If you missed the last 2 weeks, you missed a lot. But here are 18 things I've learned over the 2018 Winter Olympics:

1. Sometimes you can do everything right and still get third place.

2. Sometimes you can do almost everything right, end disastrously and still get first place.

3. US women hockey players should be on every box of Wheaties from now until 2022.

4. Bode Miller is a bit of a sexist egomaniac and I wouldn't be surprised if he and Shaun White were big buds with Ryan Lochte.

5. When you fall, get right back up again and finish that race. Even though you aren't going to a win a medal. And always hug the winner. It's called sportsmanship and it shouldn't be dismissed.

6. It's OK to cry when you are disappointed, but collapsing from shear despair at the bottom of the half-pipe will get the medical team called. It's OK to say "What the f*ck" on national TV when you've just won a gold at the ripe age of 17 years old. (It's also OK to say "What the f*ck" to yourself when you realize Red Gerard was 1 year old when 9/11 happened.)

7. Wardrobe malfunctions during the Super Bowl can turn us all into 13-year old boys but when it happens during the Olympics it can destroy the chance for a medal.

8. Anyone who decides to take up Skeleton is a lunatic who only has 2 desires in life: to win a gold and die. That song about mamas not letting your babies grow up to be cowboys  is warning against the wrong vice. Nevertheless, I couldn't look away. It's exactly the same instinct that results in rubbernecking.

9. The "Big Air" sports that were added this year are breathtaking to watch. I literally held my breath until each athlete landed. I can't wait to see what they add in 2022.

10. There is a lot of calculated precision that goes into being a curler. It looks like a lot of math and physics but very little possibility of dying by blunt force trauma to the head. This is what I'm going to guide Blue toward should he assume some Olympic aspirations.

11. The easier the sport looks, the better the athlete. I was convinced that I could compete in the 2022 speed skating event until I saw that Alexa commercial where the guy falls backward over the ice skating rink wall. I'm just going to assume that I will always be an athletic supporter.

12. Cross-country skiing uphill has to be the hardest event ever. I thought that even before the commentator mentioned that the TV tends to "flatten" how the hills look to the viewer.

13. I don't love Tara Lipinsky or Johnny Weir, but listening to them commentate ice dancing gave me new appreciation for the nuances of the sport. A tiny error can be costly. Thank goodness ice dancing is not a euphemism for life. (Although as is true in life, I do not need people on TV stating the obvious just to fill up dead air. I would much rather hear them sing Shake If Off or recite The Road Less Traveled.)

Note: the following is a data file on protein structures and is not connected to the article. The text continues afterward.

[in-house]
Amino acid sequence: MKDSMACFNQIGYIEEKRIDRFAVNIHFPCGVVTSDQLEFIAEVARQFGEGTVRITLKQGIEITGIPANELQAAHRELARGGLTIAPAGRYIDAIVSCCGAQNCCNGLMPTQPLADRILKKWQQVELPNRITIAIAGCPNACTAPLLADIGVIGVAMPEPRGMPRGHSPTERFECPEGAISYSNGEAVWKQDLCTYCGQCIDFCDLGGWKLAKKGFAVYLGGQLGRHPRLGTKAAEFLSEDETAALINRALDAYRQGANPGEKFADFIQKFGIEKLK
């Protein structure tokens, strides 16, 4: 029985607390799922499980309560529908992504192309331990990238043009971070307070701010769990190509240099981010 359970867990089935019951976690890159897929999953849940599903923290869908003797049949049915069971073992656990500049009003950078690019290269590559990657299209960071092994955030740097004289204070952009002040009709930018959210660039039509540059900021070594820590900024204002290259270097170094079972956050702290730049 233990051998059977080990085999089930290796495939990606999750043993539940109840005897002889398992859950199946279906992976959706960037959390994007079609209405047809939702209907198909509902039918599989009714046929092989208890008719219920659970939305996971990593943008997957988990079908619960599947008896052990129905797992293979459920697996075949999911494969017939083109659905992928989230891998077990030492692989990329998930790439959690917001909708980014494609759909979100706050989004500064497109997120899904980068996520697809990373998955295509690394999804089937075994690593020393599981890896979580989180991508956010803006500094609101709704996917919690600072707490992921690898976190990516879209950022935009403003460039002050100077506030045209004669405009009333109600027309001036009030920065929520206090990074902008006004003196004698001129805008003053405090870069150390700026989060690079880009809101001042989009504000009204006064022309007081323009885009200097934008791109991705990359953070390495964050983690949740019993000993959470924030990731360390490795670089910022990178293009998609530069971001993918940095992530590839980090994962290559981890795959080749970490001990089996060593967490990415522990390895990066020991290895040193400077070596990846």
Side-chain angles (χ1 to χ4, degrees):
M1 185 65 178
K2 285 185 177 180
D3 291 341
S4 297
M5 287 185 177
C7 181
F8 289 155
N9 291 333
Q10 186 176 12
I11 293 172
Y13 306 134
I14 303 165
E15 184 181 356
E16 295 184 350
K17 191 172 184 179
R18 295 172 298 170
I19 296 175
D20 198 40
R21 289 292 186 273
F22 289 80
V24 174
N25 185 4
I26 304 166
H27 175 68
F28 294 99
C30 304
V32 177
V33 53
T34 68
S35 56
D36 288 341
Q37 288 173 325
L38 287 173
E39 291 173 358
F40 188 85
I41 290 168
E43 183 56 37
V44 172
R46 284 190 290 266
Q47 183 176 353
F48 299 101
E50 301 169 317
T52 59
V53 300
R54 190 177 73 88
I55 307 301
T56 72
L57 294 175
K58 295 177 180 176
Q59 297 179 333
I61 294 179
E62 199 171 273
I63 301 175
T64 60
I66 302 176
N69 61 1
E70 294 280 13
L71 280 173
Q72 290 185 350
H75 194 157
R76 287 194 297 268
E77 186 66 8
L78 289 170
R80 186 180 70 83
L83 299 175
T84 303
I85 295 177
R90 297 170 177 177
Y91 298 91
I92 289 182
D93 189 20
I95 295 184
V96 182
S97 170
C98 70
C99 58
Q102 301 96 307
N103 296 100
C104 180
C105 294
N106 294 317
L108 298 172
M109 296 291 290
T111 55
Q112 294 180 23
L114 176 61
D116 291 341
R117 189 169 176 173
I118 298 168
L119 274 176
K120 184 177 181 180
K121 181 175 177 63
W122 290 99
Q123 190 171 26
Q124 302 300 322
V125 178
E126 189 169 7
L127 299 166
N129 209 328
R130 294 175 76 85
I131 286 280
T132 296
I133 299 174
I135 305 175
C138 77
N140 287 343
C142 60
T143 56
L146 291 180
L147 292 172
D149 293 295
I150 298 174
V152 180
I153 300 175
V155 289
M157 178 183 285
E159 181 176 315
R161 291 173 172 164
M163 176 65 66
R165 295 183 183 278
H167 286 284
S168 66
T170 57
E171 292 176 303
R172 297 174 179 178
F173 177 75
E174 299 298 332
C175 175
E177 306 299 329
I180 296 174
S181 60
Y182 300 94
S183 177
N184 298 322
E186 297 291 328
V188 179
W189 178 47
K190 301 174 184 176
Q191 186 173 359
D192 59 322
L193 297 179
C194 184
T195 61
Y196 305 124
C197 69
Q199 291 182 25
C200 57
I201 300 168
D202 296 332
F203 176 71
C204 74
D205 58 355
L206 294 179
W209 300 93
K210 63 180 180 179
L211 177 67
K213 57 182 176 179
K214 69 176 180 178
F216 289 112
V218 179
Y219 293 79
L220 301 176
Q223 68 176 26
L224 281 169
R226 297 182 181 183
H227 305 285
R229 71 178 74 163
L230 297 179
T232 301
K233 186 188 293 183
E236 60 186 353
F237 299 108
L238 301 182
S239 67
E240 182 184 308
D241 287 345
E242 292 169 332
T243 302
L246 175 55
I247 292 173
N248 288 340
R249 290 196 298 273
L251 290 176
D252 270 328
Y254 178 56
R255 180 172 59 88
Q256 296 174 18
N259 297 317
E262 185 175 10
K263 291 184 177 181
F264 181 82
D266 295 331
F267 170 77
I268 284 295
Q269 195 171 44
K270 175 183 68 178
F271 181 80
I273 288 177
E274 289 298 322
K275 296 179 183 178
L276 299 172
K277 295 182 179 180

14. The Koreans tapped into a universal truth: everyone loves to get a stuffie. Here's your medal...and here's a stuffie. It's probably the only thing our 5-year old will remember about the Olympics this year.

15. Whether it was simply symbolic or the foundation for change, when North and South Korea entered the stadium together and played on the ice together, you would have to be dead inside not to feel the smallest glimmer of hope. Time will tell but they were able to hold it together for 2 weeks. Just maybe...

16. When you run out of money halfway through a major project, the answer is not always "let's just forego the roof."

17. If you can watch bobsledding without thinking of Cool Runnings the entire time, I'm not sure we can be friends.

18. Everyone goes bananas over China's pandas. Dancing, lit-up pandas is probably the best way to build anticipation for 2022.

NBC reports that Olympic viewing, even just the highlights during prime time, was at an all-time low. I know we are now even busier with marching for rights and keeping kids off laundry detergent and monitoring social media for Russian trolls, but this is important, too. We need to stop every couple of years and come together as a world. We need to be reminded that not every Russian wants to hijack our Facebook account, not every North Korean wants to drop a bomb on us, not every Brit still sees us as the colonies. We need to see the good in the world and we need to be a part of it, at least for 2 weeks every 2 years. Thank you, Olympic athletes, for showing up and doing your best and making us all proud, regardless of what corner of the world you call home. We'll see you in 4.

If you want to see a pretty entertaining wrap-up of the 2018 Winter Olympics, I suggest reading this Sports Illustrated piece by someone who is better at this than I am. I didn't even know about Mexico's Alpine Ski Team uniforms. Just don't read it on your laptop because it will lock that mother up faster than Fort Knox. 

Friday, February 16, 2018

Growing Up

Even if you don't read the rest of this post, please take a moment to say their names.

Alyssa Alhadeff, 14 years old
Martin Duque Anguiano, 14 years old
Nicholas Dworet, 17 years old
Aaron Feis, 37 years old
Jaime Guttenberg, 14 years old
Christopher Hixon, 49 years old
Luke Hoyer, 15 years old
Cara Loughran, 14 years old
Gina Montalto, 14 years old
Joaquin Oliver, 17 years old
Alaina Petty, 14 years old
Meadow Pollack, 18 years old
Helena Ramsay, 17 years old
Alex Schachter, 14 years old
Carmen Schentrup, 16 years old
Peter Wang, 15 years old